Pictures do tell the story, and I received one by text on the first evening of the recent Geoffrey Bell sale as a reminder that live auctions are still popular.
“Live auctions are alive and well,” the text accompanying the picture proclaimed. It shows the auction room, held at the downtown Toronto Reference Library, almost filled to capacity. I was speaking to auctioneer Brian Bell afterwards, and I agree with him that, despite increasing online bidding, live auctions are not dead. The keys are great material, strong marketing and passionate collectors that stay connected to the hobby.
As I have written previously, while live auctions and coin shows are the best way for collectors to really examine potential purchases, they are, just as importantly, the glue that connects numismatists with one another. And speaking of coin shows, the Toronto Coin Expo, held in conjunction with the Bell auction, is deservingly earning a reputation of being one of Canada’s best numismatic shows. Attendance was steady throughout the two-day event, held at the library’s Yonge street location. Featuring many of Canada’s top dealers, the show is also emerging as a hot spot for members of various numismatic organizations to gather and host special meetings.
Another drawing card of the Expo show is the educational workshops. This year’s topics were appealing to collectors of all ages, including Christopher Boyer’s excellent presentation on “Kids Collecting Coins”. A full-time teacher, Boyer was precise in tapping into the minds of these young collectors and holding their interest during the hour-long workshop, as evident in a story by reporter Jesse Robitaille in this issue of Canadian Coin News.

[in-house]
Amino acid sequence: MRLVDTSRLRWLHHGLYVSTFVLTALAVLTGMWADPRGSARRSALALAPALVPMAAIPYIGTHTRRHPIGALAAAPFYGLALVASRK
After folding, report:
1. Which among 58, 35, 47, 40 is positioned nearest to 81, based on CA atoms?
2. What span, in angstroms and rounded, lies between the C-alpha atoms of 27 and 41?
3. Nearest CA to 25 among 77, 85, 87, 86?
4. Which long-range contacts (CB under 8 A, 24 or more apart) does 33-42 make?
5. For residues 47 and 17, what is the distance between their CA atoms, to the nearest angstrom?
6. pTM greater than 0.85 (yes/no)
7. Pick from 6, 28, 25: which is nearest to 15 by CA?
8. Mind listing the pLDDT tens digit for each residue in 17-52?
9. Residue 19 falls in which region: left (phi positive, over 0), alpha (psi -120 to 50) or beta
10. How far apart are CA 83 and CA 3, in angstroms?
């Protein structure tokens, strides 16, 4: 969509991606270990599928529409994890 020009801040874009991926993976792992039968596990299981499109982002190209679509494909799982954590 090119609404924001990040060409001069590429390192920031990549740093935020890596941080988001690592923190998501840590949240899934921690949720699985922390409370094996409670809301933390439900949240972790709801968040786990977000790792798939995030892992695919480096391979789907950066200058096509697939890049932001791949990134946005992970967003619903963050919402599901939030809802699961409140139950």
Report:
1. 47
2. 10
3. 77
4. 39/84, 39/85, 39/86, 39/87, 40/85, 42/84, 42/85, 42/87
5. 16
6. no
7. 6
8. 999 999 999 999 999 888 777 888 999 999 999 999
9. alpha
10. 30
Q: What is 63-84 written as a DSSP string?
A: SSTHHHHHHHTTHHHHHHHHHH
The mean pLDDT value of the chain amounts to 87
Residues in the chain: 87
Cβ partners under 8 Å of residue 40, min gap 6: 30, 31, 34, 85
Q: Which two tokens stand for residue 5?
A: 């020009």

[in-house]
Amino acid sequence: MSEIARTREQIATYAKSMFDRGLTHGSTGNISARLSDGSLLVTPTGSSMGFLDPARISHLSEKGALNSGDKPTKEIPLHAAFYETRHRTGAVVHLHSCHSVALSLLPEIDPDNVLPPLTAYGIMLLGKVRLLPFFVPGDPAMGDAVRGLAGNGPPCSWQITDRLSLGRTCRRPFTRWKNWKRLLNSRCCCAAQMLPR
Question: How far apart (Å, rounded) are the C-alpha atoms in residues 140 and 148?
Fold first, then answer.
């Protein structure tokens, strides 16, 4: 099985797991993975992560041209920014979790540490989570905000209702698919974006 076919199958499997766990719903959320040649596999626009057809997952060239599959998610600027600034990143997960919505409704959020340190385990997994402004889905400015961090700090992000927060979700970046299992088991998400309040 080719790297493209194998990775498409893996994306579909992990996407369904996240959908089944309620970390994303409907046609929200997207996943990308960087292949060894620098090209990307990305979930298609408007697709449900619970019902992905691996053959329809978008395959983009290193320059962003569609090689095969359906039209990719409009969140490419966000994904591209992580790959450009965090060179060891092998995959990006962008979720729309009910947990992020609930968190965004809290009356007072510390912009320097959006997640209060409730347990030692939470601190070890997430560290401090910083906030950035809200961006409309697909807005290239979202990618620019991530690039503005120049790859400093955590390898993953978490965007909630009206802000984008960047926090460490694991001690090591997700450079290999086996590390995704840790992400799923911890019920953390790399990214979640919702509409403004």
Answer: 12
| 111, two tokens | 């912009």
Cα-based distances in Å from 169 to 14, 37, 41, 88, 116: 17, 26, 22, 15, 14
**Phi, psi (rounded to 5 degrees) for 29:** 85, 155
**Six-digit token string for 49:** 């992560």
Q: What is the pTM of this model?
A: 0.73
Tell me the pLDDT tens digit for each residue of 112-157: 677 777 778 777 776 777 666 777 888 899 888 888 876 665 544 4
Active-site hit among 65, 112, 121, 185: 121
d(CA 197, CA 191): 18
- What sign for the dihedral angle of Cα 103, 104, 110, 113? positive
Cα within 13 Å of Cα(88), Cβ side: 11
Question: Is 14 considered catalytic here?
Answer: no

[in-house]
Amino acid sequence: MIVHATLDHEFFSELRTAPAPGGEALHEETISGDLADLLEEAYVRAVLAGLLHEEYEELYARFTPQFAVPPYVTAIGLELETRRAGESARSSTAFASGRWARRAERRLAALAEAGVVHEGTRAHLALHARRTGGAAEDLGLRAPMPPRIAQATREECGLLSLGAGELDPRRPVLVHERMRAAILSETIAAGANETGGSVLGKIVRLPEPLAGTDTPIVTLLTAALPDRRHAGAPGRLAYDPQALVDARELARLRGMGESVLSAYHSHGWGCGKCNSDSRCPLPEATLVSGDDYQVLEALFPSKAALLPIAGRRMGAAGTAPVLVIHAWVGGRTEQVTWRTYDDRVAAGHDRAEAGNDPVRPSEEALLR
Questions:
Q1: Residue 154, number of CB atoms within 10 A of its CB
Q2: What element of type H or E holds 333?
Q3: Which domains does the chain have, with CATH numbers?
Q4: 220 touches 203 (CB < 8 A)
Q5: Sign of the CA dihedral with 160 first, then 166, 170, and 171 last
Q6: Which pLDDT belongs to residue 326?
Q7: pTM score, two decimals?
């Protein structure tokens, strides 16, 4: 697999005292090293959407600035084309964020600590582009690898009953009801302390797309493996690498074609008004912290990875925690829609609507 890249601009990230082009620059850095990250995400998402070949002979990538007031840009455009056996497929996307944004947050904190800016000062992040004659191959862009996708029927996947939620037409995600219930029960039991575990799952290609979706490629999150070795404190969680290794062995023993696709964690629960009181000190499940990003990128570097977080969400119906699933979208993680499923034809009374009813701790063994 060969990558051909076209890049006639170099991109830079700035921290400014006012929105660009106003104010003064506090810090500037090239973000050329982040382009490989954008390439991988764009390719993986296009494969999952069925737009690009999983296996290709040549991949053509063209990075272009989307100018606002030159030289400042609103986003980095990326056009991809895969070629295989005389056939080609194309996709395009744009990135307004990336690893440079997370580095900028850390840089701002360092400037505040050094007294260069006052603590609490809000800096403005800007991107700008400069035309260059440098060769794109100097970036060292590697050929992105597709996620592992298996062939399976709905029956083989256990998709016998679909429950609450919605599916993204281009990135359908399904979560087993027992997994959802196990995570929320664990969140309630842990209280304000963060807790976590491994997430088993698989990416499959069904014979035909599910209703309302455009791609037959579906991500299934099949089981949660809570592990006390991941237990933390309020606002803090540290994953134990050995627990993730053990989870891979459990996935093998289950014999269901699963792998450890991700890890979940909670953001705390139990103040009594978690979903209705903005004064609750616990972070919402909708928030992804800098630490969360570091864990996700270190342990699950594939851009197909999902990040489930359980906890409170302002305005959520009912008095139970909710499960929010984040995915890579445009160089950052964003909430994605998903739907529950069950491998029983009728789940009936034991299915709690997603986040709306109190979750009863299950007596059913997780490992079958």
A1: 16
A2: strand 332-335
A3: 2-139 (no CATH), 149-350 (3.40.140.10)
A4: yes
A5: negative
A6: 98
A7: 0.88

There were also presentations by the Canadian Tire Coupon Collectors Club and the Canadian Centennial Coin Club. I believe symposiums, such as the ones offered by Jared Stapleton’s Toronto Coin Expo, are a huge magnet to drawing more collectors to coin shows. They also serve to feed the minds of new and seasoned collectors – perfect ingredients to making our hobby stronger. And isn’t this what we all want to see happen: a strong, vibrant numismatic community?
I know it’s a key mandate of the Canadian Association for Numismatic Education, also known as CAFNE. This non-profit organization has been financially supporting Expo workshops since the fall of 2013 as well as other symposiums offered by the Royal Canadian Numismatic Association. CAFNE is an organization we all need to support and donate to. Its key mandates are educating the public about numismatics, supporting research about Canadian numismatics and awarding scholarships and bursaries for the study and research of numismatics.
These are important mandates for our hobby. To learn more about CAFNE and how you can support their mandates, go to cafne.ca.
In summary, while online auctions and classified sales are a great – and convenient – way for collectors and dealers to tap into new markets worldwide, let’s not forget the benefits to the overall health of our hobby community of attending auctions and supporting numismatic shows.